Operational separation of audit practices – some changes

The Financial Reporting Council has made some changes to its principles for operational separation of the audit practices of the Big 4 firms.

Following the analysis of the firms’ implementation plans the FRC has:

  • Confirmed that the audit practice should not receive fees for introducing business to other parts of the firm and that partners in the audit practice should not be incentivised for sales passed to other parts of the firm.
  • Increased the minimum proportion of revenue within the ring-fenced that must be derived from audit.
  • Clarified that services provided by non-audited entities should be commissioned by those charged with governance at the entity or be assurance services for third party recipients.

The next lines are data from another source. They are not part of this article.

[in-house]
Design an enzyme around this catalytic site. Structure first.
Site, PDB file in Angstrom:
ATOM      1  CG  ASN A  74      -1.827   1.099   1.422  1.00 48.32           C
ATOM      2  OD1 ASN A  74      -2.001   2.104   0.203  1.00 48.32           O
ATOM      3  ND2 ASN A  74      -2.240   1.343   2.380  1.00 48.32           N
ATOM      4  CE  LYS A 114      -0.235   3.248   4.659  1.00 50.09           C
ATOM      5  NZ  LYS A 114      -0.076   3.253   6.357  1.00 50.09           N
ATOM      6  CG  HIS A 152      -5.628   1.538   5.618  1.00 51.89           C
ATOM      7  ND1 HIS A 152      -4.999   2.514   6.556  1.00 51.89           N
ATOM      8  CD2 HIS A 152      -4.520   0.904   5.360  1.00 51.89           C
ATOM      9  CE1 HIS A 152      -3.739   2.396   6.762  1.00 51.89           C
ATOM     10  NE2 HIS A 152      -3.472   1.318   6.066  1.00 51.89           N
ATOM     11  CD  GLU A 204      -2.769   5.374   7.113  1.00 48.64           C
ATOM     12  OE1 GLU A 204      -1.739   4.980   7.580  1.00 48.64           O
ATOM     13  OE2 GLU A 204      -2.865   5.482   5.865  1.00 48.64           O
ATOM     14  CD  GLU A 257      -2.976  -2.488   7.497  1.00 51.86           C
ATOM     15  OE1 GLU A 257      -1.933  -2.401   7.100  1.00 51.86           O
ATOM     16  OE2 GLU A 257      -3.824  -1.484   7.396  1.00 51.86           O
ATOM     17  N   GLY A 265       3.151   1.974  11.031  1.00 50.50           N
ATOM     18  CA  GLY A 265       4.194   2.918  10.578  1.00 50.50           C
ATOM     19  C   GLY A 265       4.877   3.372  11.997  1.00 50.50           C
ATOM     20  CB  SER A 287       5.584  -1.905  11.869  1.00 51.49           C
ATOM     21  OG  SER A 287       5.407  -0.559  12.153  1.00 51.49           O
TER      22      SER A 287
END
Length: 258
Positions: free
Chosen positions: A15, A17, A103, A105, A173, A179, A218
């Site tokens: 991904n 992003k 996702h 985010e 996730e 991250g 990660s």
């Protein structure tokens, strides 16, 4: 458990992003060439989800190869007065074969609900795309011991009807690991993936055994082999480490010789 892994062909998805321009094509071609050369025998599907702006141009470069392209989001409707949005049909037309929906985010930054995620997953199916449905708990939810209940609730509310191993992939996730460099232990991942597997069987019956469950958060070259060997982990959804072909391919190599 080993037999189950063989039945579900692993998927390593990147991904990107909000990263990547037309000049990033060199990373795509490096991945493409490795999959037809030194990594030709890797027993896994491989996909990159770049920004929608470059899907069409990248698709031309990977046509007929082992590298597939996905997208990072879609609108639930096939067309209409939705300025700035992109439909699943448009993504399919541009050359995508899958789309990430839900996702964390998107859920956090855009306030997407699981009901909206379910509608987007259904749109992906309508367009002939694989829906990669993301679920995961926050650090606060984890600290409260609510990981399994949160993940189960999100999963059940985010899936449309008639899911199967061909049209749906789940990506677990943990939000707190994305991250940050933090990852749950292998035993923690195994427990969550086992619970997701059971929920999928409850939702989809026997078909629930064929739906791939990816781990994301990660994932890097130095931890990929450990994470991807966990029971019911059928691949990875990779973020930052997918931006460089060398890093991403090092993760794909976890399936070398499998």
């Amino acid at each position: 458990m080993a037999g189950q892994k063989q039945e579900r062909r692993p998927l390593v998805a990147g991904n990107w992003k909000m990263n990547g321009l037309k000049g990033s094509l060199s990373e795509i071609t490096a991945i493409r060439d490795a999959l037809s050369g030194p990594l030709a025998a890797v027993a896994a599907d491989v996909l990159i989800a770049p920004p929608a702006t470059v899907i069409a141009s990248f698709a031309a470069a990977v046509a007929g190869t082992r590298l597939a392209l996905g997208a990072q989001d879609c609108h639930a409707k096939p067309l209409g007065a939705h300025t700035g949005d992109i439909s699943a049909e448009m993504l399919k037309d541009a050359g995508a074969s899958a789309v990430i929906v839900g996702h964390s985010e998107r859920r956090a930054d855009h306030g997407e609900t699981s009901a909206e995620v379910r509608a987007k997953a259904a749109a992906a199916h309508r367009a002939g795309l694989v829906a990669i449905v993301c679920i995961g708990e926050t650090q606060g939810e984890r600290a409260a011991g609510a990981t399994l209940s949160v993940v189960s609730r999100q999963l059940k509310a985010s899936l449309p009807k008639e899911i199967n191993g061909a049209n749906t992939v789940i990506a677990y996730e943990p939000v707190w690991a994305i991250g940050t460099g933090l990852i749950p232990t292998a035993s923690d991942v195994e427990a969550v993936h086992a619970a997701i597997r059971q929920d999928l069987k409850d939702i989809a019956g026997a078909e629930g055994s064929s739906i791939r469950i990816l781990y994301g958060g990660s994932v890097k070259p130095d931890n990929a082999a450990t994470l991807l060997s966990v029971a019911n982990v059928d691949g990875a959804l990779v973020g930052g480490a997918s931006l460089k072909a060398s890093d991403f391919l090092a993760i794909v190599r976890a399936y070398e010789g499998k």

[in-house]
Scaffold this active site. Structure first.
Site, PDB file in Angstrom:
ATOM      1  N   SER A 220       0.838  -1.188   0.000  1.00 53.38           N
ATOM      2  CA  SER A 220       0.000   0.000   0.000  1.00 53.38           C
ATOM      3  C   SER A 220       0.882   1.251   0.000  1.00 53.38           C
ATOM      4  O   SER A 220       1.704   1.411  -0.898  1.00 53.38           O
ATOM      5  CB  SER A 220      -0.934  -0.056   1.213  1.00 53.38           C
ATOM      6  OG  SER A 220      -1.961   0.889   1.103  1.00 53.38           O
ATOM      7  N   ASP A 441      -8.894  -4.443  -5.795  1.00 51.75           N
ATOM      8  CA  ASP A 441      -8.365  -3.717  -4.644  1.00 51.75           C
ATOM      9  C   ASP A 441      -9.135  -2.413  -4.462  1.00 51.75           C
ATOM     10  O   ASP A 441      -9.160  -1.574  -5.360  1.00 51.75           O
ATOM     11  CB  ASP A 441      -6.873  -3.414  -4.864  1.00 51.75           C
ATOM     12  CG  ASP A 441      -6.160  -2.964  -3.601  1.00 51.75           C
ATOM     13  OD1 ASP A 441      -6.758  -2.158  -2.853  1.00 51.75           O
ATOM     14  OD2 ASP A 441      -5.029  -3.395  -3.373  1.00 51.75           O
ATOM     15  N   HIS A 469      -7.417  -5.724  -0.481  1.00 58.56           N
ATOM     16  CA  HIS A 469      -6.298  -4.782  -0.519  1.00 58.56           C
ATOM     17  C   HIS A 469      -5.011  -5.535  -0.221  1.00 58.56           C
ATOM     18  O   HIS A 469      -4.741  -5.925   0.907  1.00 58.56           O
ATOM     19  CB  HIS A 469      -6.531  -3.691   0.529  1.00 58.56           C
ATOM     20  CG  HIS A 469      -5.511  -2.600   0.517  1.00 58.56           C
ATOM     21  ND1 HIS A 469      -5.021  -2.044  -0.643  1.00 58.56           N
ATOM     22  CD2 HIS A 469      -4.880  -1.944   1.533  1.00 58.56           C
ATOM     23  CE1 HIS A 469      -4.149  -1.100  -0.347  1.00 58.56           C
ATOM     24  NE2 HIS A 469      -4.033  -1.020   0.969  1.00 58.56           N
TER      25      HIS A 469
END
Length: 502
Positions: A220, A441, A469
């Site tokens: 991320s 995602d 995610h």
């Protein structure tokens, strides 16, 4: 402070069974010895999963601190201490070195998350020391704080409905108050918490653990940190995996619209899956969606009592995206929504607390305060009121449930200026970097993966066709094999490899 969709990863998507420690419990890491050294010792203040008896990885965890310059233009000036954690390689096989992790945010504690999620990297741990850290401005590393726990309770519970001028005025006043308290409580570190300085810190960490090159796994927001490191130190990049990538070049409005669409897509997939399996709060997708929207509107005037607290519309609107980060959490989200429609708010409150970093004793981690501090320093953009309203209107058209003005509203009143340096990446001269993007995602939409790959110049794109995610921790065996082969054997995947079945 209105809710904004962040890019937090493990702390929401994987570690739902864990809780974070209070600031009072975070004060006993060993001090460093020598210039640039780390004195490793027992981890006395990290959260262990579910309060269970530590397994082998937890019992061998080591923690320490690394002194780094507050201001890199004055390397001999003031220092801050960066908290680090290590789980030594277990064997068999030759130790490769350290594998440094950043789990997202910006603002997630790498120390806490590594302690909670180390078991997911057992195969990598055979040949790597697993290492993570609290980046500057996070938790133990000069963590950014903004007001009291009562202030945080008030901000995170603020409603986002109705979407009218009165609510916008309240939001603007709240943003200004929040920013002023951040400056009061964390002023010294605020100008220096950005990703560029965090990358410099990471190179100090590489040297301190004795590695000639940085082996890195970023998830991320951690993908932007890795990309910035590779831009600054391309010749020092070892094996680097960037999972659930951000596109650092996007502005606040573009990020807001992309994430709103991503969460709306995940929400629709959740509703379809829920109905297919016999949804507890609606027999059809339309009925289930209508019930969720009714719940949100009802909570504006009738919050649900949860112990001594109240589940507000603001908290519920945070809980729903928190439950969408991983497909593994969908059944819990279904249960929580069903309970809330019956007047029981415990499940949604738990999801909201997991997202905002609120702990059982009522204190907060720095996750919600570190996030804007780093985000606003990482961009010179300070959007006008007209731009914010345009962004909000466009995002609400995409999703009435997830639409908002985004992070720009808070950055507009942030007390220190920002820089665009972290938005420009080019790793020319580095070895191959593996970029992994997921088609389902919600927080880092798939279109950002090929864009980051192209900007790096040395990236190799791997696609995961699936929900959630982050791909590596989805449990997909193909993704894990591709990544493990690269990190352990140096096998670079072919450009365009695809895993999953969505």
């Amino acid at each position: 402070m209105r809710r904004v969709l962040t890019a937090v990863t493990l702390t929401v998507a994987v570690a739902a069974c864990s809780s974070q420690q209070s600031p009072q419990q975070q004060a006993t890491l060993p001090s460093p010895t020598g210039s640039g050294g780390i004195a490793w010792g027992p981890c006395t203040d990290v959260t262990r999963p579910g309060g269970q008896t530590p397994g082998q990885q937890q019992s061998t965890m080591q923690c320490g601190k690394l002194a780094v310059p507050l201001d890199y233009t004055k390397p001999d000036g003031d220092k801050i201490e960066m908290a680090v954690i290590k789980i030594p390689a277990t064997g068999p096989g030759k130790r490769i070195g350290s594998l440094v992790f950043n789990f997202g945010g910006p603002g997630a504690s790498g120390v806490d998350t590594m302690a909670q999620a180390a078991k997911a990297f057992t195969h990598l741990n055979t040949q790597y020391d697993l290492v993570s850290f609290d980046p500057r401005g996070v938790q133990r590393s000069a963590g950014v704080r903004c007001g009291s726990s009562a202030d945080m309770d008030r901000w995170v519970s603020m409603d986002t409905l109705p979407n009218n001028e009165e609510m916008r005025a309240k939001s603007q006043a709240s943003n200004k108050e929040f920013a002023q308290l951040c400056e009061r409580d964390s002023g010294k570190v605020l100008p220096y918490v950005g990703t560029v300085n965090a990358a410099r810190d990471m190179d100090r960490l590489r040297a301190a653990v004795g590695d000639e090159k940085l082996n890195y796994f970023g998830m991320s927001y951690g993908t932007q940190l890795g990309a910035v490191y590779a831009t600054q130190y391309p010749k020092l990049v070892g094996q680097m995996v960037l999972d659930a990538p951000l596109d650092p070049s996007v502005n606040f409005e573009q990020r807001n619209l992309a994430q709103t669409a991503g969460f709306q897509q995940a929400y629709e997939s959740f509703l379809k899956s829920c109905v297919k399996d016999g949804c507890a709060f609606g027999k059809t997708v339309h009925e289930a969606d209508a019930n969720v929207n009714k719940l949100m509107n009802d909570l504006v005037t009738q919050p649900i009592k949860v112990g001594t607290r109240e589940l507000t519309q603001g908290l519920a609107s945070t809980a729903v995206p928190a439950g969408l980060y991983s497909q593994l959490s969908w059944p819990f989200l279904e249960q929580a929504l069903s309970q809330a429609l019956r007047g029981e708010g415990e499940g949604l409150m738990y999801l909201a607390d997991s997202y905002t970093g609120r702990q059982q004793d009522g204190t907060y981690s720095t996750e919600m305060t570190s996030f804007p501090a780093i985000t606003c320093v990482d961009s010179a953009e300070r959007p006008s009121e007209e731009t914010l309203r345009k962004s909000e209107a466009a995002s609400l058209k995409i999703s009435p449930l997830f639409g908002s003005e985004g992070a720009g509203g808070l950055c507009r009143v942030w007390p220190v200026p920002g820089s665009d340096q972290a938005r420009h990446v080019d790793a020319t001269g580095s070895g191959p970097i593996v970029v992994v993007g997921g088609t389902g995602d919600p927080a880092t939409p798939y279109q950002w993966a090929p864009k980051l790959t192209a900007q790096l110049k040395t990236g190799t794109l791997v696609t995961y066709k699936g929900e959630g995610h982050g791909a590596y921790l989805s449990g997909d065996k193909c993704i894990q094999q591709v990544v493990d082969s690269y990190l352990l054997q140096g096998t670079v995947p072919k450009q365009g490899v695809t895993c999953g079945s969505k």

FRC explained that the objectives of operational separation, which is world leading, are to ensure that audit practices are focused above all on delivery of high-quality audits in the public interest, and do not rely on persistent cross subsidy from the rest of the firm. Its desired outcomes are:

  • Auditors act in the public interest and work for the benefit of shareholders of audited entities and wider society.
  • The culture of the audit practice prioritises high-quality audit by encouraging ethical behaviour, openness, teamwork, challenge and professional scepticism/judgement.
  • Audit practice governance prioritises audit quality and protects auditors from influences from the rest of the firm that could divert their focus away from audit quality.
  • The total amount of profits distributed to the partners in the audit practice does not persistently exceed the contribution to profits of the audit practice.